There were no surprises in Ferguson last night — not the grand jury’s decision, and not the riot that followed (I predicted both on NRO last month). Nor was there anything unexpected in the pitiful display of bellyaching by some in the media about the “flawed process” that produced an outcome other than the one they desired.

For all the time it took to reach their decision, my sense is that it wasn’t even a close case for the grand jurors. Either Darren Wilson was in legitimate fear for his life when he shot Michael Brown or he wasn’t. There was abundant evidence to suggest he was and very little that he wasn’t. The evidence proved the only criminal in the fatal encounter was Michael Brown, the not-so-gentle giant.

Preemptive Strike


A North Kitsap High School sophomore is awaiting a juvenile court hearing, accused of creating a hit list and threatening to shoot fellow students.

So begins the story of a 16-year-old in my local community who was arrested last night. Given that there was a school shooting elsewhere in Washington State in the last week, people here are a little on edge concerning violence in schools. In many minds, the response to students saying someone was planning to kill other students was entirely reasonable. I don’t see it that way.

Trial by Twitter: The Danger of Public Opinion Run Amok


ht_tmz_ray_rice_punch_video_kb_140908_v33x16_16x9_992Disclaimer: To head off the criticism I’ve seen of anyone who questions how the Ray Rice incident has played out, I in no way justify or condone what he did. This is a discussion of the media/public response.

The video that was released yesterday by TMZ of Ray Rice and his then-fiancee Janay Palmer set social media on fire. The footage seemed to take many by surprise despite the details of it having been publicly known since February. Rice and Palmer, in a drunken argument in an elevator, escalate to shoving each other. He steps away; she moves aggressively towards him. He hits her, knocking her down. As she falls, her head caroms off the handrail on the wall, leaving her unconscious in the floor. He’s lucky he didn’t kill her. He then drags her out of the elevator. That is how it was described when it first happened, and that’s consistent with what the video shows.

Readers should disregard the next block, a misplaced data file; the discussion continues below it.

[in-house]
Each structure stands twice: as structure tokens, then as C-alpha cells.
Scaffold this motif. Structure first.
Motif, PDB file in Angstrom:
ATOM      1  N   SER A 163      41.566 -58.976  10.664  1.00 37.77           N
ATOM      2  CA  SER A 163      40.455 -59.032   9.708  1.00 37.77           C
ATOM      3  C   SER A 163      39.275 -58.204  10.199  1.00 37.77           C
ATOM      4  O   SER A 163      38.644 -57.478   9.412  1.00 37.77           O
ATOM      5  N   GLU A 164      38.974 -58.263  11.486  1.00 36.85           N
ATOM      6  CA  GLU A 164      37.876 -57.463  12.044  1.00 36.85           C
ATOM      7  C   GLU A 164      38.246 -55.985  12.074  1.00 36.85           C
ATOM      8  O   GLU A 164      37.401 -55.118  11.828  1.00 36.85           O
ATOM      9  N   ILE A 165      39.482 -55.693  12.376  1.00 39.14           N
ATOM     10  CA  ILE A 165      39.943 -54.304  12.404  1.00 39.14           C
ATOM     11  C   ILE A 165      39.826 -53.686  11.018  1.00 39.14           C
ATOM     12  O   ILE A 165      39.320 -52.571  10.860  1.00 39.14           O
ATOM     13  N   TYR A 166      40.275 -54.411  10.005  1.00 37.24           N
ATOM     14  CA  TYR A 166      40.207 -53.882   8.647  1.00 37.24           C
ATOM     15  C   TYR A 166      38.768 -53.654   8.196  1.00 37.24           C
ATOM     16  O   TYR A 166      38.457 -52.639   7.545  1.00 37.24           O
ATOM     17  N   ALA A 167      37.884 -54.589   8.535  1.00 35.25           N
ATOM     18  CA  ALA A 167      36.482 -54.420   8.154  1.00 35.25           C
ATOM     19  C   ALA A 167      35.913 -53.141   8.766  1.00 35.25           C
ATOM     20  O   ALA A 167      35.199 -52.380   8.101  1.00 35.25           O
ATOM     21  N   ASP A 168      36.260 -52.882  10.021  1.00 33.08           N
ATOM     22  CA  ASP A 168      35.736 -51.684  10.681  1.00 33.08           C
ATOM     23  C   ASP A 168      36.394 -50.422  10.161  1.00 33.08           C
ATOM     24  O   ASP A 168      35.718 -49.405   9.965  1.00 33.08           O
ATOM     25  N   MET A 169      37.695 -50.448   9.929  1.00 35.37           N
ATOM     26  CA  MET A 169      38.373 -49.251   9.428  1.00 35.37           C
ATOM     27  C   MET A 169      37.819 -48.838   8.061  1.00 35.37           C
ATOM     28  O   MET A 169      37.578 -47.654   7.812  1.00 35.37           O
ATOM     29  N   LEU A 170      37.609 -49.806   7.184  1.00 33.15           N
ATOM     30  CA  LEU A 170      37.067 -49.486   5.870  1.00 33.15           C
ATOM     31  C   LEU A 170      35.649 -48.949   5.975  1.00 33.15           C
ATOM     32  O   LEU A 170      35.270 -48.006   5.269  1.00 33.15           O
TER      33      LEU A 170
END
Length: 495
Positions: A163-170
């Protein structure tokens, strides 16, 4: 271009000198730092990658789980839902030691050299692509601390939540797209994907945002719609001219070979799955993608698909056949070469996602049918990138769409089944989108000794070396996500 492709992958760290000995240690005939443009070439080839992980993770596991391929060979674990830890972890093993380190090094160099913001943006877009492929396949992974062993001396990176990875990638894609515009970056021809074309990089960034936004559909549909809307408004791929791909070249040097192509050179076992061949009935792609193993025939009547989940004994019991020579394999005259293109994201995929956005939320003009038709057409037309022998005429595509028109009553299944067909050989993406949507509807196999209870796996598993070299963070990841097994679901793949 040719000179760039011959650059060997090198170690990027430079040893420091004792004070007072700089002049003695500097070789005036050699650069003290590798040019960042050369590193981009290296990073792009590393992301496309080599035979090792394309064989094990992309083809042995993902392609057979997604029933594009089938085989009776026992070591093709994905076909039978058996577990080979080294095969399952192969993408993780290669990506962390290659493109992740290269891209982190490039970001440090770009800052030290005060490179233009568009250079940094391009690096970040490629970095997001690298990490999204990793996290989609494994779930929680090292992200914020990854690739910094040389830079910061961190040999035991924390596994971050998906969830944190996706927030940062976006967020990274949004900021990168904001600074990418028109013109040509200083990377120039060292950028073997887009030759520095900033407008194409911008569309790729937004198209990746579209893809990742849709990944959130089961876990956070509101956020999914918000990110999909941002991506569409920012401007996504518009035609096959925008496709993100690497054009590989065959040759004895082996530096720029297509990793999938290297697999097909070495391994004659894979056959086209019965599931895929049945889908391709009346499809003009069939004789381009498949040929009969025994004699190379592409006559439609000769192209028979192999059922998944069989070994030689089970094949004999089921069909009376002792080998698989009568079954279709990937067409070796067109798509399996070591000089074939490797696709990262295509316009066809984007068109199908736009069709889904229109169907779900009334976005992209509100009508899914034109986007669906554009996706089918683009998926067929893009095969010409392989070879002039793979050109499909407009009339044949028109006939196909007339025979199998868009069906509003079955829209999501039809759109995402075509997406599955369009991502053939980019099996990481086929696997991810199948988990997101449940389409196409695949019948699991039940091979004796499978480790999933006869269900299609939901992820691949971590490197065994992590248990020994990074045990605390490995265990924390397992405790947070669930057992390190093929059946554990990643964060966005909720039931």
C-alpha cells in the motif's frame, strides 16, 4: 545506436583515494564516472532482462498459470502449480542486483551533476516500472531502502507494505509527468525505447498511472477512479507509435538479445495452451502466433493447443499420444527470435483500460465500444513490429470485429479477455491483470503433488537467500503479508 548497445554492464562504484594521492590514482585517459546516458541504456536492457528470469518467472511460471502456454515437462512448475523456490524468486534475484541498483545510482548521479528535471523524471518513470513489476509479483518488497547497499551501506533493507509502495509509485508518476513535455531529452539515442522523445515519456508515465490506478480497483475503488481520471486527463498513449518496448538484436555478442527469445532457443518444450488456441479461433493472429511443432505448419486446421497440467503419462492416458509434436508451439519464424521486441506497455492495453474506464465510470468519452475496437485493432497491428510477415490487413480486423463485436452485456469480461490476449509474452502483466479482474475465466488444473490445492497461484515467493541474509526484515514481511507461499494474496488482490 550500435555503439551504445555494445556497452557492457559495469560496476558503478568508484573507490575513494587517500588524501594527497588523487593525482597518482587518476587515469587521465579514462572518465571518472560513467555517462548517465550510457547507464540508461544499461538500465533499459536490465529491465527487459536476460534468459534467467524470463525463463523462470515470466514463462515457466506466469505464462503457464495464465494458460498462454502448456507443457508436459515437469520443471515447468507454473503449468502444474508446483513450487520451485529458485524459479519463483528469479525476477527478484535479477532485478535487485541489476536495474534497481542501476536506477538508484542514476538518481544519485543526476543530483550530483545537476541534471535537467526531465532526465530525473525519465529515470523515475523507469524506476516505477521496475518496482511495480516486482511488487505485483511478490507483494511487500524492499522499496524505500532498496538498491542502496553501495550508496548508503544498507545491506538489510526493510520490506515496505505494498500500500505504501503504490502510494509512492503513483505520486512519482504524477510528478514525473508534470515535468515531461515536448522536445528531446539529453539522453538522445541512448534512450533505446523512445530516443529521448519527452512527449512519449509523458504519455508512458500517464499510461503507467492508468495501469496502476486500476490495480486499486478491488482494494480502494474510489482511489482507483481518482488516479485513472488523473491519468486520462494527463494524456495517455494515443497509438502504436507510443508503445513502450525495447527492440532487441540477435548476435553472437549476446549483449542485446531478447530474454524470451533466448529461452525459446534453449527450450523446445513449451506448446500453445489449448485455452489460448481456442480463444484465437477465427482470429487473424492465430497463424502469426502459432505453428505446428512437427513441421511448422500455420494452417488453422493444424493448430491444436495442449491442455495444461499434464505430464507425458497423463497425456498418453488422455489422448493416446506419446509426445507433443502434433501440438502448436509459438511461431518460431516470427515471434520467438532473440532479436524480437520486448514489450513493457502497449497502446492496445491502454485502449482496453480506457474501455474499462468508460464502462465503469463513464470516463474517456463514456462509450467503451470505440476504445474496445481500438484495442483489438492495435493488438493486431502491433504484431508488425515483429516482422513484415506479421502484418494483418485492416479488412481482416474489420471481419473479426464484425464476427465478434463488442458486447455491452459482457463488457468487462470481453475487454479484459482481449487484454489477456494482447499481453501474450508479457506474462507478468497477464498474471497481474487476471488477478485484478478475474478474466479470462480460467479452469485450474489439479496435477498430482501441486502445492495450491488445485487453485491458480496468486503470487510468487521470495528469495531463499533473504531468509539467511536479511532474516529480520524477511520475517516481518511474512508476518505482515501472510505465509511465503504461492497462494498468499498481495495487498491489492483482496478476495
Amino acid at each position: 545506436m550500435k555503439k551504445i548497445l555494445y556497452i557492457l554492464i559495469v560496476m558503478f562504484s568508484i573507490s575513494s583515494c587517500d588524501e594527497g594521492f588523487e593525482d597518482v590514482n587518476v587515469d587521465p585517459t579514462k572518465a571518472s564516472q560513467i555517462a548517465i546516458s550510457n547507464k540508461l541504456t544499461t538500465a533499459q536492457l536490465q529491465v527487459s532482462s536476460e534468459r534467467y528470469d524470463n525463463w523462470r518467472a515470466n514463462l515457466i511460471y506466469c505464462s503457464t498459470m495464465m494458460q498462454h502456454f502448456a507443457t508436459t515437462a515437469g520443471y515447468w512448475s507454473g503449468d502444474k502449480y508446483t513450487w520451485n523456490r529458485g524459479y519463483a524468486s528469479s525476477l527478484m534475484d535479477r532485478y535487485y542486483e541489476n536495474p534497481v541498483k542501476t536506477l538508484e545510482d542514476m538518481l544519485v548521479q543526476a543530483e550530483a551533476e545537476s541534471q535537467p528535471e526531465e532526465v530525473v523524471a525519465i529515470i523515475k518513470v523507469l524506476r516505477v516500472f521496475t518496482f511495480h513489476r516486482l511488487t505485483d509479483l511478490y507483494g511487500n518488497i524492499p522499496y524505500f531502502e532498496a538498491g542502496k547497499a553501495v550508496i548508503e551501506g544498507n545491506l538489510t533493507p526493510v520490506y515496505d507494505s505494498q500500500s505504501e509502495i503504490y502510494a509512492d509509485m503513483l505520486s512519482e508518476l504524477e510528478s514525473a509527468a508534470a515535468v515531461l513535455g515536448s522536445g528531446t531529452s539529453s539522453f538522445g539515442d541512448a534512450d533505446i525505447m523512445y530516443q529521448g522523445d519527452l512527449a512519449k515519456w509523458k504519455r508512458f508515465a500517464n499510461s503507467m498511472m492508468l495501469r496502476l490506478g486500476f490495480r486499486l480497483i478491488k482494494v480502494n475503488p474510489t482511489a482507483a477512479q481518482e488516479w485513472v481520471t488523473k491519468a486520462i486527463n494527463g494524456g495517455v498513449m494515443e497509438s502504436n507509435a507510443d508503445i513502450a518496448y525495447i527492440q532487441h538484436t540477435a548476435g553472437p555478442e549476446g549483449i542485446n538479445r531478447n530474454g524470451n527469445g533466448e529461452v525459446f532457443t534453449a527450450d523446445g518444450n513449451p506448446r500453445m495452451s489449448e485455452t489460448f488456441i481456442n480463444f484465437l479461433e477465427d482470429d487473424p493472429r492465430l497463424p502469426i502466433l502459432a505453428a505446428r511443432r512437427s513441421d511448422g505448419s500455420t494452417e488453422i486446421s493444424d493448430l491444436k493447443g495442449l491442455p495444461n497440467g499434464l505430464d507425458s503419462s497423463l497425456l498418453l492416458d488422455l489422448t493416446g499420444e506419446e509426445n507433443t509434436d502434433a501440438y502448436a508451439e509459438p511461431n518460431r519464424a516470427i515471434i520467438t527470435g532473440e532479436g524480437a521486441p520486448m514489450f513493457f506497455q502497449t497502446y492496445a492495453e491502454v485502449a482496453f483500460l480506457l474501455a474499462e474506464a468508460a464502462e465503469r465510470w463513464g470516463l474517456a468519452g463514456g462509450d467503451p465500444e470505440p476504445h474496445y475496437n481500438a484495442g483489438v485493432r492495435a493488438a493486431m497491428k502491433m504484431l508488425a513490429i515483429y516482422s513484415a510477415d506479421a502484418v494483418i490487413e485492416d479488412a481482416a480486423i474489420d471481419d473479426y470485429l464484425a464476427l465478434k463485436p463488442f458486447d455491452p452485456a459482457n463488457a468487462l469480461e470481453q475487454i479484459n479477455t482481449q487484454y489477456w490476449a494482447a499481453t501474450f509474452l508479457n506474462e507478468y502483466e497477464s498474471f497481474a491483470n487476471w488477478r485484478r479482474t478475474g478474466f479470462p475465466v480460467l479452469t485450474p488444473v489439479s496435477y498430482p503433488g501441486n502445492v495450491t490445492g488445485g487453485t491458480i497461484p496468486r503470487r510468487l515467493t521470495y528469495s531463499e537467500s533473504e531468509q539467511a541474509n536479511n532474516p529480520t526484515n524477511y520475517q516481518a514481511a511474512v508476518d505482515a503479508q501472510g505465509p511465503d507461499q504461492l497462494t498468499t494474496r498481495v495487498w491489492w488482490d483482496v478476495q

Rice and Palmer were both initially charged with assault. Her charges were dropped, and he avoided trial by entering a pre-intervention program for first offenders. He was then suspended two games by the NFL which was criticized at the time as being too light. They have since married, and they have both said more than once that the argument and fight was both of their faults. Ordinarily, that would have been the end of it, but with the release of the video, public outrage exploded resulting in Rice’s two-game suspension being made indefinite along with his getting cut by the Baltimore Ravens. A breakdown of the legal ramifications relating to the criminal justice system and to the NFL’s punishment of player conduct can be found here.

No Correlation Here. Move Along, Please.


Do not attempt to draw any conclusions from this fact, delivered without meaningful context, from the Washington Times:

Since Illinois started granting concealed carry permits this year, the number of robberies that have led to arrests in Chicago has declined 20 percent from last year, according to police department statistics. Reports of burglary and motor vehicle theft are down 20 percent and 26 percent, respectively. In the first quarter, the city’s homicide rate was at a 56-year low. We all know that’s impossible.

The Caretaker in the Rye


Old-Farm-Pure-Rye_2520682bIt was the perfect crime.

John Saunders was the live-in caretaker at a western Pennsylvania mansion turned bed and breakfast. The handyman was hired to maintain the Georgian-style estate, originally built by coal magnate and whiskey aficionado J.P. Brennan.

The home’s current owner, New York model Patricia Hill, was elated to discover 100 bottles of Old Farm Pure Rye Whiskey hidden under a staircase. The ultra-rare hootch dates from 1912 and was valued at $200,000. Little did Hill know that her caretaker also was a whiskey aficionado.

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I have had the misfortune of knowing two individuals in my life who I can confidently call narcissistic sociopaths.  Their moral disregard for even their closest relatives and friends is shocking. They are as cruel to children and elders as to peers. At their best, they are either dismissive or manipulative. When angered, often by […]